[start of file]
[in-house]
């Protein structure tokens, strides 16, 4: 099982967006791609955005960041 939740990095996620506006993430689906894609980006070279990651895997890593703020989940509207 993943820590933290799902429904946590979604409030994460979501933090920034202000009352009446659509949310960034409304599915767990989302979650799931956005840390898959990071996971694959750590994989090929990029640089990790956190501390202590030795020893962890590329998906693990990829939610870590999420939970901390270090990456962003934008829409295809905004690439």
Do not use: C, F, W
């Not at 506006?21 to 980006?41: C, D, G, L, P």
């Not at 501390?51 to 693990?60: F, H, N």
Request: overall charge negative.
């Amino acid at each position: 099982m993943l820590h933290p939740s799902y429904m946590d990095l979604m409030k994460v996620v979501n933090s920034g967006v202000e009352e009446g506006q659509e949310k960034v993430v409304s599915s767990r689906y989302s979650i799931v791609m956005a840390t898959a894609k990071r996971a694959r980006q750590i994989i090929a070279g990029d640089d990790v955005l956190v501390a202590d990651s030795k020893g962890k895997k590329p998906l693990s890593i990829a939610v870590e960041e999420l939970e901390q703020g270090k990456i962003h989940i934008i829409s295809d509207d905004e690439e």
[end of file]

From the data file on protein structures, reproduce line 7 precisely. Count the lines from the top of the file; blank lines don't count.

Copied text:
């Amino acid at each position: 099982m993943l820590h933290p939740s799902y429904m946590d990095l979604m409030k994460v996620v979501n933090s920034g967006v202000e009352e009446g506006q659509e949310k960034v993430v409304s599915s767990r689906y989302s979650i799931v791609m956005a840390t898959a894609k990071r996971a694959r980006q750590i994989i090929a070279g990029d640089d990790v955005l956190v501390a202590d990651s030795k020893g962890k895997k590329p998906l693990s890593i990829a939610v870590e960041e999420l939970e901390q703020g270090k990456i962003h989940i934008i829409s295809d509207d905004e690439e």